This symphony probably may not have changed musical history from the moment it was first written, in Salzburg in early 1774 by the 18-year-old Mozart. But it crystallises the young man’s emerging compositional self-confidence, and that shows him spreading his wings in symphonic music just as he had already started to do in the opera house and in his chamber music.
Walls and Bridges was recorded during John Lennon's infamous "lost weekend," as he exiled himself in California during a separation from Yoko Ono. Lennon's personal life was scattered, so it isn't surprising that Walls and Bridges is a mess itself, containing equal amounts of brilliance and nonsense…
Ella Fitzgerald and Duke Ellington did not team up in concert until relatively late in their careers (although she did record her Ellington Songbook with him in the '50s). This live double-LP actually finds Fitzgerald singing six numbers with the Jimmy Jones Trio and only "Mack the Knife" and a scat-filled "It Don't Mean a Thing" with the orchestra. Ellington has eight numbers for his band, mostly remakes of older tunes (including a guest appearance by former associate Ben Webster on "All Too Soon," a remarkable Buster Cooper trombone feature, and a rowdy version of "The Old Circus Train Turn-Around Blues"). This is a spirited set of music that with better planning could have been great.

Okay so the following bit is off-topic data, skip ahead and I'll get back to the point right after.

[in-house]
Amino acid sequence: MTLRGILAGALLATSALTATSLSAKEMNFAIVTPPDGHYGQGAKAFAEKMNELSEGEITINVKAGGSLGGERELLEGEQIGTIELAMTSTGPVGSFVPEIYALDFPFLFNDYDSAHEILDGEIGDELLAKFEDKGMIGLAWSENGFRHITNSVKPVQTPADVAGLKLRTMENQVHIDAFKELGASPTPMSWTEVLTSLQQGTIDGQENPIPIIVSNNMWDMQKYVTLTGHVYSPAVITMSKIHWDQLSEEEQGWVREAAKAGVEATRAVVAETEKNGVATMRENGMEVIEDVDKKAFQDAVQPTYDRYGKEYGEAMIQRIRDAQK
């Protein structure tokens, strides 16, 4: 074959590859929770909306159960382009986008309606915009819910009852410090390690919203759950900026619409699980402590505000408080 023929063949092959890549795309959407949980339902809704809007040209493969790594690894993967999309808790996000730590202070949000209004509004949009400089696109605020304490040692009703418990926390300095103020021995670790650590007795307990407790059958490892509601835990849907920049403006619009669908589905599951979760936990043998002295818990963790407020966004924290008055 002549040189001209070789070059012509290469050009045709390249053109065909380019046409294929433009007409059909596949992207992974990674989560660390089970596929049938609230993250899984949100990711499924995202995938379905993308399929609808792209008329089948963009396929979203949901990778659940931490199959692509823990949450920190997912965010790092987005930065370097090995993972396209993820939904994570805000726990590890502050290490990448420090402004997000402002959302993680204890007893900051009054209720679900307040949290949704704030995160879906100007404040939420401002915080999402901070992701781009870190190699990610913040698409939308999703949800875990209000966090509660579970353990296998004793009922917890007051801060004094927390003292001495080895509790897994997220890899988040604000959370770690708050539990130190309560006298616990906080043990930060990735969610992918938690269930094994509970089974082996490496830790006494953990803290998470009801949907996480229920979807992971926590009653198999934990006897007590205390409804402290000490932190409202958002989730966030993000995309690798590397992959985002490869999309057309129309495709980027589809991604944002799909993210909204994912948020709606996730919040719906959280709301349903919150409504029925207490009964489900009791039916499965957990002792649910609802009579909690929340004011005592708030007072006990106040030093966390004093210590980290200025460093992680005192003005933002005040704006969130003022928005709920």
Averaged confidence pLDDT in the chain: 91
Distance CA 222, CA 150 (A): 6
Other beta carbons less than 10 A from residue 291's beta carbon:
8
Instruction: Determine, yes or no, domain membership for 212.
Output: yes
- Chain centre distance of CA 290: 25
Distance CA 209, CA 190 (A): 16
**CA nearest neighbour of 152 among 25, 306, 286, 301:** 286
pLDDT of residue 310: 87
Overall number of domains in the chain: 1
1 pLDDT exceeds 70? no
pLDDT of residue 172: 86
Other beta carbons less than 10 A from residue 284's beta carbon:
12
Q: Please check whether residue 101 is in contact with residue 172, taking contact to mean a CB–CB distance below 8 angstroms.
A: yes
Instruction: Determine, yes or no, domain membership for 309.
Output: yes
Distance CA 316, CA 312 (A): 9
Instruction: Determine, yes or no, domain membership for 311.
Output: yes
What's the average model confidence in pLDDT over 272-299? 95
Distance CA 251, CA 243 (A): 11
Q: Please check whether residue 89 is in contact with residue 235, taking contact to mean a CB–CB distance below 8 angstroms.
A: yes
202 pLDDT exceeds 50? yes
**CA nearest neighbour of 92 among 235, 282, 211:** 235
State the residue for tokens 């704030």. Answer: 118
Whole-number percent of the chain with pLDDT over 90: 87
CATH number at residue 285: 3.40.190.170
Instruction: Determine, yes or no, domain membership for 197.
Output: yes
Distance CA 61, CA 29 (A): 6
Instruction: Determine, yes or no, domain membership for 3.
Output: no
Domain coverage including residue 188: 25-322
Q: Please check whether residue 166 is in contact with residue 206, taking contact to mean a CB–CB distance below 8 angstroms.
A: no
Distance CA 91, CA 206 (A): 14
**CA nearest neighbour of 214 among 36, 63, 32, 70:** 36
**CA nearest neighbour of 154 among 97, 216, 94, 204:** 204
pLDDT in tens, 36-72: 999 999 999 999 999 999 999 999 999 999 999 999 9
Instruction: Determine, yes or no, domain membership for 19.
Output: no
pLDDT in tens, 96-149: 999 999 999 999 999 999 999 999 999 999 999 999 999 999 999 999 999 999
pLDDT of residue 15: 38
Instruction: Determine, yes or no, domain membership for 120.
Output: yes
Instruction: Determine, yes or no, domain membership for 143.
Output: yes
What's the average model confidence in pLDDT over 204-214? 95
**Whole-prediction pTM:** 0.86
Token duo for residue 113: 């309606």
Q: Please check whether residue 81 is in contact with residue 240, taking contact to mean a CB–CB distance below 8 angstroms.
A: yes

Not half as well known as he should be, Edwards is a Delta- born jazz saxophonist who impresses for his post-bop inventiveness and his predisposition to the blues. Allowed a rare feature date, he gives lessons in how to delve into a melody for meaning and then express the resulting revelations in down-home terms-relish the poetic beauty of the title song. Tom Waits, an original, molds his vocal excesses into triumphant blues declarations in Edwards's stunning composition "I'm Not Your Fool Anymore." Indeed.